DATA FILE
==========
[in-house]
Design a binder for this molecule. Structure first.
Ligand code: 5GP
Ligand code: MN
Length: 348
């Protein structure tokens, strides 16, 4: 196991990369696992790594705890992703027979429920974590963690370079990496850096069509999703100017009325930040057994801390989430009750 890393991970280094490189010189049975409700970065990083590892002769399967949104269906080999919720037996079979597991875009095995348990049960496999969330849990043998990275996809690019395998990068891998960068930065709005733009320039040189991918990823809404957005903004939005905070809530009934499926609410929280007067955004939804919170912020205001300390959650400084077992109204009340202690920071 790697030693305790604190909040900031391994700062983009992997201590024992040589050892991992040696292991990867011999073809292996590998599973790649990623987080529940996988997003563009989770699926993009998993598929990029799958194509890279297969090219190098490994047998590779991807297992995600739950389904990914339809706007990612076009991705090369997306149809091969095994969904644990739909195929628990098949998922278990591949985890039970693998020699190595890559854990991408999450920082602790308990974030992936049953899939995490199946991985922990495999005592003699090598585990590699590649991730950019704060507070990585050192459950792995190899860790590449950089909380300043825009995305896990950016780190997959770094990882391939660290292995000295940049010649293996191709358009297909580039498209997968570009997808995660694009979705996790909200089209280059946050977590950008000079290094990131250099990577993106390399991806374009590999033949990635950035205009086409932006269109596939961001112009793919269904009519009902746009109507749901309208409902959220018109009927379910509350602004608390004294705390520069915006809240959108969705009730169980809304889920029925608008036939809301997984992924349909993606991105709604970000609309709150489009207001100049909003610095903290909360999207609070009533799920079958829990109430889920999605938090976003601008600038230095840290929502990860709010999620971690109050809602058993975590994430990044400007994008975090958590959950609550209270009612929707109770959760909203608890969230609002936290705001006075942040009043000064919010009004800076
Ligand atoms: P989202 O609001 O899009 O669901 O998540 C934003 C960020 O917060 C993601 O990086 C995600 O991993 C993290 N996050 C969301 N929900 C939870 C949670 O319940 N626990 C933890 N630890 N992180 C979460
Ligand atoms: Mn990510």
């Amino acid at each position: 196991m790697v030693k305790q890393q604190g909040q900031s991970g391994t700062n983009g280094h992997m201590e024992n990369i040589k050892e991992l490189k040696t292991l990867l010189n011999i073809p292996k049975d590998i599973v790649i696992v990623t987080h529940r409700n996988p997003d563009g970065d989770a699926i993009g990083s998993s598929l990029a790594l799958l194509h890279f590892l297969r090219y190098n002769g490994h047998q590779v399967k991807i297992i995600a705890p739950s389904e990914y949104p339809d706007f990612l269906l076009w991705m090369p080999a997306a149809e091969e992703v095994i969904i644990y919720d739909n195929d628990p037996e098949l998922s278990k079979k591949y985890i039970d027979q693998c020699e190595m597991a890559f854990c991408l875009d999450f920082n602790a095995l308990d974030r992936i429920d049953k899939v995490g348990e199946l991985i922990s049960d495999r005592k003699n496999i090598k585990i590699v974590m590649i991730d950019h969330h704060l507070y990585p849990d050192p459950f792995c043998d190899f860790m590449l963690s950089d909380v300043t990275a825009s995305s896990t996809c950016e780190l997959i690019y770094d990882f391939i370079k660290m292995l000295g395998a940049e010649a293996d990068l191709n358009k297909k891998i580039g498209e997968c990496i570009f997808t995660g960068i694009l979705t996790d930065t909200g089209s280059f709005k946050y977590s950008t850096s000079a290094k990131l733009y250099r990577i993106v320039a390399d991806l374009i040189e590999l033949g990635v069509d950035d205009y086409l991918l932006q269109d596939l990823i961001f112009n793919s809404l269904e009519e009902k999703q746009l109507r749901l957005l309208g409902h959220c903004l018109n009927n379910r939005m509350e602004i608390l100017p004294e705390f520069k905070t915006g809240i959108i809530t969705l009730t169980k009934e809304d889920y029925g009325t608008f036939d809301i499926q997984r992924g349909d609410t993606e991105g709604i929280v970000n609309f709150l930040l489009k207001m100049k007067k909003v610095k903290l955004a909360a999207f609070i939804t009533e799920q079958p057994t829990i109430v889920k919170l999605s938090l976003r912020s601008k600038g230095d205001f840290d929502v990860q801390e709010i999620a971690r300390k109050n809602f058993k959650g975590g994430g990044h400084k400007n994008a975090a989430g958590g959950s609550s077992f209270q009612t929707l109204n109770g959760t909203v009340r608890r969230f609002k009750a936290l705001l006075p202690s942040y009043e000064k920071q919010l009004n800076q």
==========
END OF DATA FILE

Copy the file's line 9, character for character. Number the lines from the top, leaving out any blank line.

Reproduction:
């Amino acid at each position: 196991m790697v030693k305790q890393q604190g909040q900031s991970g391994t700062n983009g280094h992997m201590e024992n990369i040589k050892e991992l490189k040696t292991l990867l010189n011999i073809p292996k049975d590998i599973v790649i696992v990623t987080h529940r409700n996988p997003d563009g970065d989770a699926i993009g990083s998993s598929l990029a790594l799958l194509h890279f590892l297969r090219y190098n002769g490994h047998q590779v399967k991807i297992i995600a705890p739950s389904e990914y949104p339809d706007f990612l269906l076009w991705m090369p080999a997306a149809e091969e992703v095994i969904i644990y919720d739909n195929d628990p037996e098949l998922s278990k079979k591949y985890i039970d027979q693998c020699e190595m597991a890559f854990c991408l875009d999450f920082n602790a095995l308990d974030r992936i429920d049953k899939v995490g348990e199946l991985i922990s049960d495999r005592k003699n496999i090598k585990i590699v974590m590649i991730d950019h969330h704060l507070y990585p849990d050192p459950f792995c043998d190899f860790m590449l963690s950089d909380v300043t990275a825009s995305s896990t996809c950016e780190l997959i690019y770094d990882f391939i370079k660290m292995l000295g395998a940049e010649a293996d990068l191709n358009k297909k891998i580039g498209e997968c990496i570009f997808t995660g960068i694009l979705t996790d930065t909200g089209s280059f709005k946050y977590s950008t850096s000079a290094k990131l733009y250099r990577i993106v320039a390399d991806l374009i040189e590999l033949g990635v069509d950035d205009y086409l991918l932006q269109d596939l990823i961001f112009n793919s809404l269904e009519e009902k999703q746009l109507r749901l957005l309208g409902h959220c903004l018109n009927n379910r939005m509350e602004i608390l100017p004294e705390f520069k905070t915006g809240i959108i809530t969705l009730t169980k009934e809304d889920y029925g009325t608008f036939d809301i499926q997984r992924g349909d609410t993606e991105g709604i929280v970000n609309f709150l930040l489009k207001m100049k007067k909003v610095k903290l955004a909360a999207f609070i939804t009533e799920q079958p057994t829990i109430v889920k919170l999605s938090l976003r912020s601008k600038g230095d205001f840290d929502v990860q801390e709010i999620a971690r300390k109050n809602f058993k959650g975590g994430g990044h400084k400007n994008a975090a989430g958590g959950s609550s077992f209270q009612t929707l109204n109770g959760t909203v009340r608890r969230f609002k009750a936290l705001l006075p202690s942040y009043e000064k920071q919010l009004n800076q």